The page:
On the way, Ibrar Khan explains to me that in the past, maybe relying on the Saudi Arabian or Moroccan declaration of Ramadan was understandable. But now, with clever phone apps predicting when the moon will be seen and the ability to share information on moon sightings rapidly on social media, he says it makes more sense for the UK to do its own.
“Everything is possible now,” he tells me. “This can be a way of unifying Muslims living in this country to all begin Ramadan at the same time.” This is particularly important as a whole month of daylight fasting is gruelling and must end with the festival of Eid al-Fitr in exactly 29 days time.
But there is also more to it than merely synchronising celebrations. Those behind moon sighting events like this hope that declaring the beginning of Ramadan as a UK-wide community can have the effect of uniting British Muslims more closely. “There is a settled community in this country now,” Ibrar tells me. “Events like this really help bring us together.”
The High Hazels Park event has been organised by Sheffield teacher Azhara Miller. In between telling dozens of children where the sweets are, she says it’s the third time they’ve organised a moon sighting gathering, with numbers growing every year. “We had 30 the first time, 70 the second, and whatever this is this year,” she says as several sugared-up kids roll down the hill past us. I’ve never been that good at estimating the size of crowds but I reckon there are around 250 people here tonight.
And also there is Mohammed Ali, the former chair of the Pakistan Muslim Centre on Woodburn Road. I’ve met Mr Ali (as I always call him) before in my previous job at The Star, when I was doing a story about the first Muslim settlers in the city. Back in 1955, there were only around 400 Muslim residents in Sheffield, compared to the 57,000 who live here today. By 1958, the community had grown enough to require a mosque, with a semi-detached house on Industry Road in Darnall being turned into Sheffield’s first. What those early pioneers would have made of hundreds of Muslims praying and celebrating the start of Ramadan in a park just a stone’s throw from that mosque is anyone’s guess.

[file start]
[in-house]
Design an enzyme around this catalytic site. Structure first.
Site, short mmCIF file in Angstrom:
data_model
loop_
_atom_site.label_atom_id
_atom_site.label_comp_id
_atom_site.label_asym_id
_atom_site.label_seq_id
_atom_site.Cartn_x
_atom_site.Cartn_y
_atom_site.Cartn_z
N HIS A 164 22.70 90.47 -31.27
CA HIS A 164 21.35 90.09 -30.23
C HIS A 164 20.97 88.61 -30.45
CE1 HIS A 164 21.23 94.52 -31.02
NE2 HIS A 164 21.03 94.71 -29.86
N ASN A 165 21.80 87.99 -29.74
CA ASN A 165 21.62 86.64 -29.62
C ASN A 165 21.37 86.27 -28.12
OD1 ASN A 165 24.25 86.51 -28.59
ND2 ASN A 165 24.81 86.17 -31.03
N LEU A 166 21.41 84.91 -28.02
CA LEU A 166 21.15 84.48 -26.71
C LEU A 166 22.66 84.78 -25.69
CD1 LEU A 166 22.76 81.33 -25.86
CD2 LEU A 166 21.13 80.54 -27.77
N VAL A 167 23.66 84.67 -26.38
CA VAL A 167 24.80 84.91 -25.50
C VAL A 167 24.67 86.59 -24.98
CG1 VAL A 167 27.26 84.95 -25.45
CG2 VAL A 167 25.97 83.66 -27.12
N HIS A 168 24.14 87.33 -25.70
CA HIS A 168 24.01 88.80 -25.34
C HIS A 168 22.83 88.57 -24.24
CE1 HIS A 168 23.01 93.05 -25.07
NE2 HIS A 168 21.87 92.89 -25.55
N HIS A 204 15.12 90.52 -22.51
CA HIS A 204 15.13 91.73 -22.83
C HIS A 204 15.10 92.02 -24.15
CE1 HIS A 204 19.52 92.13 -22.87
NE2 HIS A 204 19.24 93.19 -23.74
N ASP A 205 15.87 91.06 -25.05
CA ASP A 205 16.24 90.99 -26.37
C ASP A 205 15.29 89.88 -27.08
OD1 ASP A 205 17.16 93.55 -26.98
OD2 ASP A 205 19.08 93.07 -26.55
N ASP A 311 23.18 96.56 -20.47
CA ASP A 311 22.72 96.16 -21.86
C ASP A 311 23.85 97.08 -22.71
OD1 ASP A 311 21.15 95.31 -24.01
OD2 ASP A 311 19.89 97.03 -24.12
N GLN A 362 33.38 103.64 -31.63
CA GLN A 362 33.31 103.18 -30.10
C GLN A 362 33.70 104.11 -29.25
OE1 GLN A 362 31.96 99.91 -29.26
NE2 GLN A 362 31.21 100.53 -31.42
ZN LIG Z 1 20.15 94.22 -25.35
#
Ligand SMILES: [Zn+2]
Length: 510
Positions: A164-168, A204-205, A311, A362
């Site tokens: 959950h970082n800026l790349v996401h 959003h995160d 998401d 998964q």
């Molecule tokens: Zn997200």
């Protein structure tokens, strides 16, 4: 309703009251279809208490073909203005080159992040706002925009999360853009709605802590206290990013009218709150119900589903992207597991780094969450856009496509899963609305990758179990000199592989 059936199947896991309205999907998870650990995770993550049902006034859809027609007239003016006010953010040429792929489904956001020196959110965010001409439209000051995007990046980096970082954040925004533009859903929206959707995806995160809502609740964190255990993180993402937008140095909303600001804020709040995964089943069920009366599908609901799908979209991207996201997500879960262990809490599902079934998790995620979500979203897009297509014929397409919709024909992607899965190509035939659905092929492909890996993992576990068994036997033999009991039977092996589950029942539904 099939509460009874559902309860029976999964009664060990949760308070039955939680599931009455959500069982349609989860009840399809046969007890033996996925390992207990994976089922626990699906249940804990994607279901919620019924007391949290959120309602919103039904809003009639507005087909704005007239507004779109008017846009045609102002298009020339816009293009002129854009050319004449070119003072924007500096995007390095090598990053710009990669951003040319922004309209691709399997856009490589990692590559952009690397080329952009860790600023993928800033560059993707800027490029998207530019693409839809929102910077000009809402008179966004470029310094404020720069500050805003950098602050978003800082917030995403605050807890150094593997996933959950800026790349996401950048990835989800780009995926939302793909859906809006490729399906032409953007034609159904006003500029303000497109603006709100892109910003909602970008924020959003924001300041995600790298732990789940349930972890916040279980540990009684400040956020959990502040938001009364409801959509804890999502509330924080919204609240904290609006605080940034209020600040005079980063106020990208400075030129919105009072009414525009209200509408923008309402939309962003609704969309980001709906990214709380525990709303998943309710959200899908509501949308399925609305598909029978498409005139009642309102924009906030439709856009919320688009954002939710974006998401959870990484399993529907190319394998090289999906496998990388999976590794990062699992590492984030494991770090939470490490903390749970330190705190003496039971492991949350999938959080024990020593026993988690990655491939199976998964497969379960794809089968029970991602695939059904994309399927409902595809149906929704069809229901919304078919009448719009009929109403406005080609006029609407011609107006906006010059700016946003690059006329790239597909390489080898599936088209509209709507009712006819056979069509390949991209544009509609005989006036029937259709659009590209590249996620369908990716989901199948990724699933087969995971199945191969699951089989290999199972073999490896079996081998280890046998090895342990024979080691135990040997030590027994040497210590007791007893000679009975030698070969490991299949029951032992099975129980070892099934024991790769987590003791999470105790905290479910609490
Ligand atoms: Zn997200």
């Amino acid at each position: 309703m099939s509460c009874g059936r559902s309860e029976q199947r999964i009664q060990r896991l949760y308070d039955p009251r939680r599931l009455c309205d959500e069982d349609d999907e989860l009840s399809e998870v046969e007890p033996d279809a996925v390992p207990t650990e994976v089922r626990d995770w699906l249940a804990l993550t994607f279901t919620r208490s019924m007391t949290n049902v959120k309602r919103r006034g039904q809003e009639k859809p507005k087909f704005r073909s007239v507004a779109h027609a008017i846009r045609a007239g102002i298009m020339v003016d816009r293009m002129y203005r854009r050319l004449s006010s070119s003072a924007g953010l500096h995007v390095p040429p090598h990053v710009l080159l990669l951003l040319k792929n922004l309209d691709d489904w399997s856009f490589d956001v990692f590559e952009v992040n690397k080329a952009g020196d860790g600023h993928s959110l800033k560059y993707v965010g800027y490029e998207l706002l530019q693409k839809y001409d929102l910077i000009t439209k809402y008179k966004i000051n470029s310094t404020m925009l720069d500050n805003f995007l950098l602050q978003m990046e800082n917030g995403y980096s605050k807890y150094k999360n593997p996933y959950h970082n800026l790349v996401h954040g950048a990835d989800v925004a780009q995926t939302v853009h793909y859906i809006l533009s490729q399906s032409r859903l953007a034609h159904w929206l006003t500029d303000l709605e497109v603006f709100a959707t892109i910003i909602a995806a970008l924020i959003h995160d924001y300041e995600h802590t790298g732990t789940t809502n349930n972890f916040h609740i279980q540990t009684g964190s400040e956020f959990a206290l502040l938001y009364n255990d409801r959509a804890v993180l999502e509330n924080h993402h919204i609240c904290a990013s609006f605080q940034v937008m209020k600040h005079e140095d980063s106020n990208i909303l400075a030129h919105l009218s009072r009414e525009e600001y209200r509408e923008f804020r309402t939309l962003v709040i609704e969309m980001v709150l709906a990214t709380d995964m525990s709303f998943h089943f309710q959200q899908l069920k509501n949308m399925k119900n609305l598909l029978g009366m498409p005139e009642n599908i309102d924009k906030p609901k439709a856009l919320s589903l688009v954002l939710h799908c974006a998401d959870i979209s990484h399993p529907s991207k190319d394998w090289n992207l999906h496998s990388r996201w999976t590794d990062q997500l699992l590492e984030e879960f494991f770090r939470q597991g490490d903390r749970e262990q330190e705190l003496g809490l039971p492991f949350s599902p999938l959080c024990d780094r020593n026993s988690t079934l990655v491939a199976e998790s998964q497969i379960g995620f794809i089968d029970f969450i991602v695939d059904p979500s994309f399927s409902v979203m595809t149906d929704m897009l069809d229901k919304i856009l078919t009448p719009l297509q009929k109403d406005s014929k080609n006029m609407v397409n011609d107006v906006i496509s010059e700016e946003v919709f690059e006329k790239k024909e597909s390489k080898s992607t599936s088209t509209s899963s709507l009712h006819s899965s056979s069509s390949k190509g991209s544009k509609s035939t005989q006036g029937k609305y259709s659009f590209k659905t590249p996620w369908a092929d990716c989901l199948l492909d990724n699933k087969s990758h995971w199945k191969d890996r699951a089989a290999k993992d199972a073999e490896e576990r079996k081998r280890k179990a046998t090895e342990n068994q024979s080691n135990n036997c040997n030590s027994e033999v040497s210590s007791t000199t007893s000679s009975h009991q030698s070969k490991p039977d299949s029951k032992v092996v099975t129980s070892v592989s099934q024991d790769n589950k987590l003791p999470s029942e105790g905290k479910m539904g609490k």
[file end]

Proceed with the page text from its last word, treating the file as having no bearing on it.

Mr Ali served as chair of the PMC for 22 years, but has recently passed the baton on to his successor. Up high on the hill it’s cold with a biting wind and Mr Ali has come dressed for the conditions — on the strict orders of his wife. “My mrs told me I had to wear them,” he tells me of the thick scarf and woolly hat he has wrapped around his head. “She said I’m not having you ill on the first day of Ramadan.”
With prayers over and the sun set, it’s now down to the main event. But it doesn’t look promising. A group of men call out compass directions to each other. “288 degrees west,” says one. “7.8 degrees from the horizon,” another replies. But all their complex calculations are a bit redundant compared to what our eyes can tell us. A thick bank of cloud is squatting ominously over Sheffield, in the exact place where the moon should be.
“That cloud isn’t helping at all,” says Shaheen Ahmed with deadpan comic timing. Sadly, the unpredictable South Yorkshire weather means the Muslims of Sheffield won’t be the ones spotting the new crescent moon this year.
Over the next few hours, however, reports and photographs of moon sightings will come in from as far afield as Dagenham in East London and Dundee in Scotland, confirming the beginning of Ramadan in the UK for the country’s 3.8 million Muslims.
As I walk back down the hill in the gathering gloom, I reflect on the event I’ve just been part of. As well as fasting, prayer and reflection, Ramadan is also a time for people from different backgrounds to pray, share a meal and become part of a worldwide community. I’m not a Muslim, but it was an undeniably moving experience to join hundreds of people, at one of the holiest times of the year, and gaze upon the heavens. Even if it was a cloudy night.
The Pakistan Muslim Centre will be hosting a community iftar (the meal with which the fast is broken) at 7pm on Sunday, 2 April at the Peace Gardens. Everyone is welcome.